I’m obviously mor than a little biased. But Guild Wars was a game with, as they say in the marketing biz, “mainstream appeal”. It was more than a little designed to appeal to those people, like myself, who were interested in playing online but weren’t really interested in playing any existing MMO for any number of reasons. There was, correctly in retrospect, a large, untapped market for a game that was an MMO but better. Guild Wars was it for me. So, I’ve always been a bit sad to see that it wasn’t quite Guild Wars who became the game to break multiplayer roleplaying out of its niche. No, it was World of Warcraft.
Just take a look at MMOGChart which tracks the amount of people playing these sorts of online games. WoW shatters any and all records by other games. Over 7 million people are said to play it. That’s more than double the peak of the historically second most played MMO – Lineage. More impressive is the rate at which WoW has attracted new players. That steep climb makes Lineage’s rise look positively gentle. That amazing growth seems, to my untrained eye at least, to have leveled off. But, well, how many other MMOs have national commercials or South Park episodes devoted to them? And how many people are going to get a copy of the game for the holidays this year and send that subscription base higher still?
WoW is just a massive success it’s hard to imagine a world when MMOs were hoping to get a million people to sign up if they were lucky. But that was the case when both WoW and GW were in development. The two games, after all, were released only months apart. And, had Guild Wars come out on the schedules I was aware of, it would have been even closer still. It’s impossible for me to look at things and not wonder what if?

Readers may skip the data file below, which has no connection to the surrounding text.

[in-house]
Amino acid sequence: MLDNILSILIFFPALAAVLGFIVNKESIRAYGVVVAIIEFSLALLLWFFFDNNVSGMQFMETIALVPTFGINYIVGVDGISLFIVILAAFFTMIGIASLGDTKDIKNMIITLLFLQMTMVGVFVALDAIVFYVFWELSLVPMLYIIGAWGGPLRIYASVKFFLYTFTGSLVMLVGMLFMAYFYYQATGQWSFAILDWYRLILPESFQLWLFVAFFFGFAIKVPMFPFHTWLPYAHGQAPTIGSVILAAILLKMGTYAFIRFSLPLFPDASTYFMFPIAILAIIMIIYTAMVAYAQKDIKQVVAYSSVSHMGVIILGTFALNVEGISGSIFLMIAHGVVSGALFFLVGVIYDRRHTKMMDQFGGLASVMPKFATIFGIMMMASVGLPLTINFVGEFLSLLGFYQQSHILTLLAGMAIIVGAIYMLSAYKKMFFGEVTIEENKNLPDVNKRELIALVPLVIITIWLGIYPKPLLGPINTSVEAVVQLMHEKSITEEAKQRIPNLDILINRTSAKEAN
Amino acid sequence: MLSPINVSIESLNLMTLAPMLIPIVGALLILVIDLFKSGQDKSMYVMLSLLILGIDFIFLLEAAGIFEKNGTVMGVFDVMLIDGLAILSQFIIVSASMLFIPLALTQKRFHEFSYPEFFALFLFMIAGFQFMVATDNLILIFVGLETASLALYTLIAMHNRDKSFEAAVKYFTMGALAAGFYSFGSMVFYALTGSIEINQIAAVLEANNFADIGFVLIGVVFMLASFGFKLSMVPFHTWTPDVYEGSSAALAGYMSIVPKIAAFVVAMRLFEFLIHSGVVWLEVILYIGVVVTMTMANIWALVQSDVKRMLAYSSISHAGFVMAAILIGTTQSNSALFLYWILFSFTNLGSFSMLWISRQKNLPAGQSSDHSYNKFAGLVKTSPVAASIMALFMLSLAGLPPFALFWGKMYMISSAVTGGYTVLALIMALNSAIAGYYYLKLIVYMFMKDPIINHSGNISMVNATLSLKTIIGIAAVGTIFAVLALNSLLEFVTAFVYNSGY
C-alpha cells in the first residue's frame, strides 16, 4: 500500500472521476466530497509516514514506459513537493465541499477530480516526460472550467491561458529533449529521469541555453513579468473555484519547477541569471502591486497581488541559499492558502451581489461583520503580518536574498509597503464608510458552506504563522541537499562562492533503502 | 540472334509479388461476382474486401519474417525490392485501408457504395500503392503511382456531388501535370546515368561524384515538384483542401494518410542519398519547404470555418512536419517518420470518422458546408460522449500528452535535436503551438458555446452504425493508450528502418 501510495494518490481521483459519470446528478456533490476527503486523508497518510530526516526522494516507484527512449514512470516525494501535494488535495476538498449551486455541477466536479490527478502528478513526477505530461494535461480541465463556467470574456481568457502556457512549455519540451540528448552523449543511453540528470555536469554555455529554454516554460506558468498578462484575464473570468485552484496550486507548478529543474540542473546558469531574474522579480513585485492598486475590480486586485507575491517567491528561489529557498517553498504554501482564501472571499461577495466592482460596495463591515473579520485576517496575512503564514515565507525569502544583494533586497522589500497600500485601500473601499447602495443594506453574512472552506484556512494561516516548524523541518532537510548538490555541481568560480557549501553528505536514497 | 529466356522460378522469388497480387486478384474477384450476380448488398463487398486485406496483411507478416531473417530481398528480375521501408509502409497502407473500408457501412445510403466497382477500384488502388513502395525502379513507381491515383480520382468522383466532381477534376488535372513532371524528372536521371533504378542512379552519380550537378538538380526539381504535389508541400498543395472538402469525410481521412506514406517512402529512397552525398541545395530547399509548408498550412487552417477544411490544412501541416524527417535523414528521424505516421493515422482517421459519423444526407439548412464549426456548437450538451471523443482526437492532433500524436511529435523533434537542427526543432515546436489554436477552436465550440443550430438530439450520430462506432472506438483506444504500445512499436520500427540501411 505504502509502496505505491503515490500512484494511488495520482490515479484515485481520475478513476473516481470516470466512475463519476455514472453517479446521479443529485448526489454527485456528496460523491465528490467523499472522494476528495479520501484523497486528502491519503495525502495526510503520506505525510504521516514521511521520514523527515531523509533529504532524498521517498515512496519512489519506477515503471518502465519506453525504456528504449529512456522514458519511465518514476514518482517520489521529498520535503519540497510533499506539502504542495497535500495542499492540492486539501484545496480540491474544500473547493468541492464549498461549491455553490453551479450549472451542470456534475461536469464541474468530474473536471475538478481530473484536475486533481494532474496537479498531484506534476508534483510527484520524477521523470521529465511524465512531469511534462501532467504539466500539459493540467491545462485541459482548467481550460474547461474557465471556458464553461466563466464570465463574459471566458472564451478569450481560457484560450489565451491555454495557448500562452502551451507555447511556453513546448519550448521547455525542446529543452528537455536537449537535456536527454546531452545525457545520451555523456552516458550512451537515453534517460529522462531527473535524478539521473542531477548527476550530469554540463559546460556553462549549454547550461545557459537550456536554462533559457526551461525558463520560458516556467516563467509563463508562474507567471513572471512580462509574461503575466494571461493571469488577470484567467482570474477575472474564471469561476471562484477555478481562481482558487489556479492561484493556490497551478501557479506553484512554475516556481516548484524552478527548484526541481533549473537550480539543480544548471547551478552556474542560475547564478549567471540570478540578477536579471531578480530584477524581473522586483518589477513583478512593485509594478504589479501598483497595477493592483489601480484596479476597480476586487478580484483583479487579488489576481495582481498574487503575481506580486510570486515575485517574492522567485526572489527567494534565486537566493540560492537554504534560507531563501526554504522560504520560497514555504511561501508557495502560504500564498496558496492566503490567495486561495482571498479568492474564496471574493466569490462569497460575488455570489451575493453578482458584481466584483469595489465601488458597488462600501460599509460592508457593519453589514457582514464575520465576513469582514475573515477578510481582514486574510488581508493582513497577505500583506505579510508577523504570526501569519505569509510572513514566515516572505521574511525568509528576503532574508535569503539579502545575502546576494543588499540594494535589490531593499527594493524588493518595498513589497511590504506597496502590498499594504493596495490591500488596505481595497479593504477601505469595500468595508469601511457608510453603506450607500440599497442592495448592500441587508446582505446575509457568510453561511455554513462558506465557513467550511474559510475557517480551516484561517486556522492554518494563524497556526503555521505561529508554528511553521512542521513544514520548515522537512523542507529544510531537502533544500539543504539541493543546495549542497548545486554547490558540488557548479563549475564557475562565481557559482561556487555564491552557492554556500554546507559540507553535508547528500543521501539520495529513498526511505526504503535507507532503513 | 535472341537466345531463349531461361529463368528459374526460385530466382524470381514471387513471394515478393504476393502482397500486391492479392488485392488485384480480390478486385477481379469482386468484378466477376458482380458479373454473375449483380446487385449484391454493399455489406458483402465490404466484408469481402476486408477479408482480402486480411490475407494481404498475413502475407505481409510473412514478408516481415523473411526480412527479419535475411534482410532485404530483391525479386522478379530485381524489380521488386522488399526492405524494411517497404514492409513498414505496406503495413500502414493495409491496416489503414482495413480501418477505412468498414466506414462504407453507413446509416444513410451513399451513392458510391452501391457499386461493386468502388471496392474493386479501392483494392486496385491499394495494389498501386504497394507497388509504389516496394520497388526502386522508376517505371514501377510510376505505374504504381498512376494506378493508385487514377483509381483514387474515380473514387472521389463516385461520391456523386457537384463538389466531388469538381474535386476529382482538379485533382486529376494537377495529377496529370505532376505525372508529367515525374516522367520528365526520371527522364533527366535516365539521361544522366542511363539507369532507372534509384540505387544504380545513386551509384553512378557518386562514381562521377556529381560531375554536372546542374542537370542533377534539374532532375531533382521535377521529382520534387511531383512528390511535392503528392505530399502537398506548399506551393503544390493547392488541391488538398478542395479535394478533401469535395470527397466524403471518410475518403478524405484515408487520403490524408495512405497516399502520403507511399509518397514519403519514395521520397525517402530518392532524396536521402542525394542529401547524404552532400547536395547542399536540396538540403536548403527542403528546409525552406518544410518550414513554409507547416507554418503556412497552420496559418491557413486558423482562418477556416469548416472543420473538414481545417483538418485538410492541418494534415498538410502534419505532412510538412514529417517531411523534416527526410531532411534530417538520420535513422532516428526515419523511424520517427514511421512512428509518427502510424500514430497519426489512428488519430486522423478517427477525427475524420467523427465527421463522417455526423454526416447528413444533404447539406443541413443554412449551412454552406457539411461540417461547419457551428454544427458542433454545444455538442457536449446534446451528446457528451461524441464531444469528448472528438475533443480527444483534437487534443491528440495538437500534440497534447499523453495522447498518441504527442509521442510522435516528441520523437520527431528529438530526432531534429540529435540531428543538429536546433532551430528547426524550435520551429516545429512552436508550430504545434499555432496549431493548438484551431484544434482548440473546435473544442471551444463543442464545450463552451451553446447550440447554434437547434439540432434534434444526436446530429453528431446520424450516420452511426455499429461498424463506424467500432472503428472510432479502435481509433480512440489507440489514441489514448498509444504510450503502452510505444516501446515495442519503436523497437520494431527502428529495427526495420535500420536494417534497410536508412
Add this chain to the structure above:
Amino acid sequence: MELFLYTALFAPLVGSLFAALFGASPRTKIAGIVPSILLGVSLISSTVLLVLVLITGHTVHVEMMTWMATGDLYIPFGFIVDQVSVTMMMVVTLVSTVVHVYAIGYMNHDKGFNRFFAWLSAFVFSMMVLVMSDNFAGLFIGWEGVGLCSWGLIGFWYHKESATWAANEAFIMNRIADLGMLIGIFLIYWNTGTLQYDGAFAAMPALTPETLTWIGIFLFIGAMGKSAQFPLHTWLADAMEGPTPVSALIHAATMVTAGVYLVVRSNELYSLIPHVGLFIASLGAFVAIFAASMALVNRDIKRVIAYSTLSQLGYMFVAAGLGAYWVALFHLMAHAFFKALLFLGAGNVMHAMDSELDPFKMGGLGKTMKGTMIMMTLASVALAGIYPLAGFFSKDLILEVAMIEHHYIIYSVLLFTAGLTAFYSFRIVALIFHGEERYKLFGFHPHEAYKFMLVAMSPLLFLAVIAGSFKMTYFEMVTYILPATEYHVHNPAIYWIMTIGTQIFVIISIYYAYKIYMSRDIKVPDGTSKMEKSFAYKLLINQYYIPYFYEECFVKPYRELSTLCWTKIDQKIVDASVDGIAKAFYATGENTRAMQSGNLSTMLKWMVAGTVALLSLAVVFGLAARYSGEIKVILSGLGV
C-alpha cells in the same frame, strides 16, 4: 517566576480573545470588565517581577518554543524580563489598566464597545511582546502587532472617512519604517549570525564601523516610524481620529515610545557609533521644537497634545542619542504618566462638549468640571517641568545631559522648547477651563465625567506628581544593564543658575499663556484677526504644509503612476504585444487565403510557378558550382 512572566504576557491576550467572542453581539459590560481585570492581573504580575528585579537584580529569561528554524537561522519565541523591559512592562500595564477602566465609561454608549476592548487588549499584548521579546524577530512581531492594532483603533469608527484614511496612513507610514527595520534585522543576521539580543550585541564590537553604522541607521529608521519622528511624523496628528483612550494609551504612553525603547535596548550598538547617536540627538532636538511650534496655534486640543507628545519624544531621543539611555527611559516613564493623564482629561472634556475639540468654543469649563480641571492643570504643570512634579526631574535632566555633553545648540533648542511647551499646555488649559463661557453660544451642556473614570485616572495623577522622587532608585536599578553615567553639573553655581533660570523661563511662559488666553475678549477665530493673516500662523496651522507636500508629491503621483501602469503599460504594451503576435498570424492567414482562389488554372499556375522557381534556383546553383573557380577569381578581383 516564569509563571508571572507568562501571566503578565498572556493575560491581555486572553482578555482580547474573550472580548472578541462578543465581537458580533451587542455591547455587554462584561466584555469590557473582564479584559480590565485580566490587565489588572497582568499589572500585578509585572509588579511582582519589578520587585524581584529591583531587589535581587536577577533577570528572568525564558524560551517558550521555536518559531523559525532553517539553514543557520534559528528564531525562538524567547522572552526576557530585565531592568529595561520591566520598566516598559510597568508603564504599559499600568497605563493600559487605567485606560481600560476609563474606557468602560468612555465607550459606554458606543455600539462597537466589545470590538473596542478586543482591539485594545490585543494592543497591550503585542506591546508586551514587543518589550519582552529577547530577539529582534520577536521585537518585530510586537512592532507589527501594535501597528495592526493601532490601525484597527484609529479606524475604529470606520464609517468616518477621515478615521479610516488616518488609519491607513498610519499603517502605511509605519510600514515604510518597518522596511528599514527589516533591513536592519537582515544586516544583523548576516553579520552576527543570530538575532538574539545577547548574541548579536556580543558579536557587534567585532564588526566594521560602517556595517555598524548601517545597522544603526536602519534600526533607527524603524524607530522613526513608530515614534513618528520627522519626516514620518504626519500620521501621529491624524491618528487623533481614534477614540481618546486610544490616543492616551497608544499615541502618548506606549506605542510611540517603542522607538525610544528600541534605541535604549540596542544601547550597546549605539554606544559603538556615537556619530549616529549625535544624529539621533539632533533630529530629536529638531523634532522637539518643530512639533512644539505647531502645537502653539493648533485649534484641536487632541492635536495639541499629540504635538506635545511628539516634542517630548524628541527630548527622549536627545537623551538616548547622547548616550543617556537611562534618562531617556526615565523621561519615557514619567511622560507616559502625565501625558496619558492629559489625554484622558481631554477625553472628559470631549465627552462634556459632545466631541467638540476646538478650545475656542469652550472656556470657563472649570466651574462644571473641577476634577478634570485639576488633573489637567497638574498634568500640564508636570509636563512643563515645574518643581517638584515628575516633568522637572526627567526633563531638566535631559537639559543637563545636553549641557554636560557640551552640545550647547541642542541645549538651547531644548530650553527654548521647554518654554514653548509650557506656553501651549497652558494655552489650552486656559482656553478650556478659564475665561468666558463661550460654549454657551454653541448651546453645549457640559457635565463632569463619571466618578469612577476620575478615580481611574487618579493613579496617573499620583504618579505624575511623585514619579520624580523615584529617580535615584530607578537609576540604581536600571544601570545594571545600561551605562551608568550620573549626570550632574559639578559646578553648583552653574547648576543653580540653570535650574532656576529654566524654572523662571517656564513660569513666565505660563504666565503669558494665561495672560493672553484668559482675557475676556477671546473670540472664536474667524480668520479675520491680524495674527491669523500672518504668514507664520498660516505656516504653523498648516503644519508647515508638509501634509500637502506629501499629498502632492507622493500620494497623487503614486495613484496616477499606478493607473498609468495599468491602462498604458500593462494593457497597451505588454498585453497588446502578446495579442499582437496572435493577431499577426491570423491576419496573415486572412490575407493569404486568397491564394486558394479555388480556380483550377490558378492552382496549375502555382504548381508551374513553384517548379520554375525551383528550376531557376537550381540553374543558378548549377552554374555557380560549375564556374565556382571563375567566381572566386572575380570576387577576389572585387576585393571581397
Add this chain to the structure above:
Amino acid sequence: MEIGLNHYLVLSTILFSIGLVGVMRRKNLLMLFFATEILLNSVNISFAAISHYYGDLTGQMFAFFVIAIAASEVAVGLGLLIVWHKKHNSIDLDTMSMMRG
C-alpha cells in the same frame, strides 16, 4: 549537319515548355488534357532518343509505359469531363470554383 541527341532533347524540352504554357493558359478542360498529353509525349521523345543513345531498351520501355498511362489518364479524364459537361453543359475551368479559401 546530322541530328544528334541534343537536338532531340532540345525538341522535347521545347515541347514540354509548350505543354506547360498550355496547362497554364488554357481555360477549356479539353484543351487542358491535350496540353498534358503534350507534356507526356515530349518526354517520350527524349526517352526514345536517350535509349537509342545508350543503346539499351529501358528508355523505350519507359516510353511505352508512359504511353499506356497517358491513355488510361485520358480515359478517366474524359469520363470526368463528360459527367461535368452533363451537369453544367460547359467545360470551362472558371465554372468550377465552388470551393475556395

Because, and I’ll share another little secret about myself (And this is one that no one else has known), but what got me involved in Guild Wars in the first place was WoW. You see, I’m an oldschool Warcraft fan. I’ve played, enjoyed, all the games since the first. More than that I’m a Blizzard fan. I’ve played all of the games they’ve made, even hunted them down, from the days of Rock & Roll Racing and Lost Vikings. Never had a major disappointment with their games. They take their time but they always turn out a quality product. And sometimes, as with Diablo or Starcraft, they come up with something revolutionary. They really came into their own with the original Warcraft. The release of which happens to coincide with the start of my own particular golden age of computer gaming. So, well, I kinda sorta grew up alongside those great games of yesteryear that Blizzard made. I’ve hung around Battle.net and run through Hardcore mode. Some of my first online experiences involved finding someone to dial-up Warcraft II with. I am, after all, an avid player of many sorts of games. I might not be particularly good but I do enjoy the diversion from time to time.